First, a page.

A third way the analog ISO standards for film differ from digital ISO values is in the grain vs noise of the digital sensors. Whereas grain often can have a pleasing effect, digital noise often can be harsh and very defined. This is caused by the noise being created by the individual pixels in the sensor, which is a square. This means that when a pixel appears as a noise signal, it will typically be shown as its form as a square. Some cameras manage to handle the noise better than others, in the way it’s displayed, making it seem more like film grain.
So there are two effects caused by the ISO. The one is the light sensitivity of the sensor. The higher the ISO, the more sensitive the sensor is to the light hitting it, and the brighter the image is. This means that if you are in a situation with little light, and you don’t want to slow down the shutter speed too much, and you can’t open the aperture more than it already is, you can then choose to raise the ISO. Just note that not all cameras have the same ISO range, typically starting with 100 as the base ISO (though for Fujifilm cameras it’s 160 or 200), being raised by doubling the value, which also makes the sensor double the sensitivity to the light hitting it, and thus making the image twice as bright for each stop of ISO you’re adding. Some cameras can only go to for example 12800, whereas others can go to 204,800 or even more. Just know that even though they can go this high, it might not be a smart idea to go this high, since the noise that will be introduced at these high values can degrade the image.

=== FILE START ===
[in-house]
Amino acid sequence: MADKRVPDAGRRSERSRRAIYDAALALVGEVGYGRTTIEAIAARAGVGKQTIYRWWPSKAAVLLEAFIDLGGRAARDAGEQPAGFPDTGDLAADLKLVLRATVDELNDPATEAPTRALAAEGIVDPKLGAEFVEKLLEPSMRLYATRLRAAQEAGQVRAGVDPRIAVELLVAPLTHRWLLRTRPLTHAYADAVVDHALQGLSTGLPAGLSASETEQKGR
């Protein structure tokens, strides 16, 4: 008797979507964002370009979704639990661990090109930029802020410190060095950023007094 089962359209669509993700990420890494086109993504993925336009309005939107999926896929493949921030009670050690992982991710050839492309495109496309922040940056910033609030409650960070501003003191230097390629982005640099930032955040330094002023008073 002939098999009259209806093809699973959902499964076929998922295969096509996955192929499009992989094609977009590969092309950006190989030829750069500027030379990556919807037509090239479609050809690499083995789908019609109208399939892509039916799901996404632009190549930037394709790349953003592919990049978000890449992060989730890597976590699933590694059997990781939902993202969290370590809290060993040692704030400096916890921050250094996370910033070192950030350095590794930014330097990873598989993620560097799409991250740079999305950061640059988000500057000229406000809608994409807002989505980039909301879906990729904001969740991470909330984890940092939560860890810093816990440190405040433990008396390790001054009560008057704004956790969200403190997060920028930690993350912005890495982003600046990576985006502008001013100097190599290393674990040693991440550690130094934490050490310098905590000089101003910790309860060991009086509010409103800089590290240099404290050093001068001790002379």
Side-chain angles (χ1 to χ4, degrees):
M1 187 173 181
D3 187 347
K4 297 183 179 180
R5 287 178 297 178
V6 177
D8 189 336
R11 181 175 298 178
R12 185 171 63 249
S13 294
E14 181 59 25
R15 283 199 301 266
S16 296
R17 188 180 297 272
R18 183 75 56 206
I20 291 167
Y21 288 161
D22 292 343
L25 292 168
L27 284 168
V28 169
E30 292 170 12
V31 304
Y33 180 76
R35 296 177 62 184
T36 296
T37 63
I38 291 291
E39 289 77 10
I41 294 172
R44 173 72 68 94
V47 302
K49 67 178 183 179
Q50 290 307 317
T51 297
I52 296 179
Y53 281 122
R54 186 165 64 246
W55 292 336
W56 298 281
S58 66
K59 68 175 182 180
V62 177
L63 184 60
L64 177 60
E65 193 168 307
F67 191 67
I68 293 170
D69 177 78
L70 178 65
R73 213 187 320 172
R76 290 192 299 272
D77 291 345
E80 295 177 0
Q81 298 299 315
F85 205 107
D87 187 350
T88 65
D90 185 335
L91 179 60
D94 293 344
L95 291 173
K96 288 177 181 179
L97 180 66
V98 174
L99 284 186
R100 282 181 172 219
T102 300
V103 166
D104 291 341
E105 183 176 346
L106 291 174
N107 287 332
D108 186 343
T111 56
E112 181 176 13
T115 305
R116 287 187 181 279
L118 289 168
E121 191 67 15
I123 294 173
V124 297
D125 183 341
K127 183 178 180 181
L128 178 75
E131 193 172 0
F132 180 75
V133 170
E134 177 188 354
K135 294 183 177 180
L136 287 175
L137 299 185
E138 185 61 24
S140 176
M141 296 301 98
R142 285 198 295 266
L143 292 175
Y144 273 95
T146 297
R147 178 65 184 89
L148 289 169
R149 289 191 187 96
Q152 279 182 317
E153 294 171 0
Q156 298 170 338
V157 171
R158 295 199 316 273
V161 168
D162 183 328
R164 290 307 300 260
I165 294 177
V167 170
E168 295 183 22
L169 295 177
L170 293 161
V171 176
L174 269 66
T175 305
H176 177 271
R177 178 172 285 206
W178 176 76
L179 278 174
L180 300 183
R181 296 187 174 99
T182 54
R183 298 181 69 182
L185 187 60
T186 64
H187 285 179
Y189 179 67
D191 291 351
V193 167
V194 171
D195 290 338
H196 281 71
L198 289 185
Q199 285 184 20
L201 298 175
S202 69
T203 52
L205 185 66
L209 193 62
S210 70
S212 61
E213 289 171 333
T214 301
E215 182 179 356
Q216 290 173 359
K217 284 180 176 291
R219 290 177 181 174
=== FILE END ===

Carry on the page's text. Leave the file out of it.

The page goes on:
Shot with ISO 6400
The second effect of high ISO, as we already have mentioned, is the noise introduced in the image. The higher the ISO, the more noise will be introduced, and at some point enough noise can be introduced to make the image unusable, basically ruining the image and making it hard to see what is in the image. However, at lower high ISO values the noise can be used as a creative effect, giving some edge to the image. Maybe you’re taking photos of a ruin or other place which isn’t aesthetically pleasing, and you want to add some grain to give it a more edgy feeling. You can do this by raising the ISO high enough that enough noise will be introduced into the image, and then adjusting the aperture and shutter speed to lower the exposure as required. While we all want clean images in most cases, we might not always want them. The two images I have added as examples are images, where I purposefully added a high ISO value, in order to introduce a lot of noise to give that unclean aspect to them. In the case of the last image, you can see that there’s so much noise, that the image almost falls apart. In this particular case, I didn’t mind it, I liked it that way since it’s less about the actual image, and more about the feeling of it.
And that rounds up our look at how to use the three exposure controls creatively for our photography. Now I would like to hear your thoughts, did this help you? Did you get some ideas as to how you want to use the exposure controls creatively in your photography? Is there something you felt was lacking? Please let me hear from you.